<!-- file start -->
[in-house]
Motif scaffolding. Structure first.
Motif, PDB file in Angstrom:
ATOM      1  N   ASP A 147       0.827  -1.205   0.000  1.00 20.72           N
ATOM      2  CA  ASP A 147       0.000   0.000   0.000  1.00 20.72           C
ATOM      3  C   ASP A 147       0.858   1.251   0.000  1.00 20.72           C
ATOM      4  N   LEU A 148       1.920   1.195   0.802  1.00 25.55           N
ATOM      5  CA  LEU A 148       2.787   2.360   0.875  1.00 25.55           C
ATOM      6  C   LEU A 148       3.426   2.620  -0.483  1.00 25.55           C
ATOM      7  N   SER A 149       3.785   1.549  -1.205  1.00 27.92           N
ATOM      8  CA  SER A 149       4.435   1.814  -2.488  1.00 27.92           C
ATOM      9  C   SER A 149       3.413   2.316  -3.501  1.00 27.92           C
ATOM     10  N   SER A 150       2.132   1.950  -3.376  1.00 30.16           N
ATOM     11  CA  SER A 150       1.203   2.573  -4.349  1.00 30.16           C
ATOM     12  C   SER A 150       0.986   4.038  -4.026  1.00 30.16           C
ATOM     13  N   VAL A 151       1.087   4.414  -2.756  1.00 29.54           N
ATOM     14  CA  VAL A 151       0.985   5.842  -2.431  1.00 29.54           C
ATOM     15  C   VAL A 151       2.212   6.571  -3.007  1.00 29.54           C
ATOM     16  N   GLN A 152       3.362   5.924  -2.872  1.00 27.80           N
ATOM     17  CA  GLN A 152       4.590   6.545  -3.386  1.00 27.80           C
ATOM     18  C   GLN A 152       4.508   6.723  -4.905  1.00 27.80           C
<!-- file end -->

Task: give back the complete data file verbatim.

[in-house]
Motif scaffolding. Structure first.
Motif, PDB file in Angstrom:
ATOM      1  N   ASP A 147       0.827  -1.205   0.000  1.00 20.72           N
ATOM      2  CA  ASP A 147       0.000   0.000   0.000  1.00 20.72           C
ATOM      3  C   ASP A 147       0.858   1.251   0.000  1.00 20.72           C
ATOM      4  N   LEU A 148       1.920   1.195   0.802  1.00 25.55           N
ATOM      5  CA  LEU A 148       2.787   2.360   0.875  1.00 25.55           C
ATOM      6  C   LEU A 148       3.426   2.620  -0.483  1.00 25.55           C
ATOM      7  N   SER A 149       3.785   1.549  -1.205  1.00 27.92           N
ATOM      8  CA  SER A 149       4.435   1.814  -2.488  1.00 27.92           C
ATOM      9  C   SER A 149       3.413   2.316  -3.501  1.00 27.92           C
ATOM     10  N   SER A 150       2.132   1.950  -3.376  1.00 30.16           N
ATOM     11  CA  SER A 150       1.203   2.573  -4.349  1.00 30.16           C
ATOM     12  C   SER A 150       0.986   4.038  -4.026  1.00 30.16           C
ATOM     13  N   VAL A 151       1.087   4.414  -2.756  1.00 29.54           N
ATOM     14  CA  VAL A 151       0.985   5.842  -2.431  1.00 29.54           C
ATOM     15  C   VAL A 151       2.212   6.571  -3.007  1.00 29.54           C
ATOM     16  N   GLN A 152       3.362   5.924  -2.872  1.00 27.80           N
ATOM     17  CA  GLN A 152       4.590   6.545  -3.386  1.00 27.80           C
ATOM     18  C   GLN A 152       4.508   6.723  -4.905  1.00 27.80           C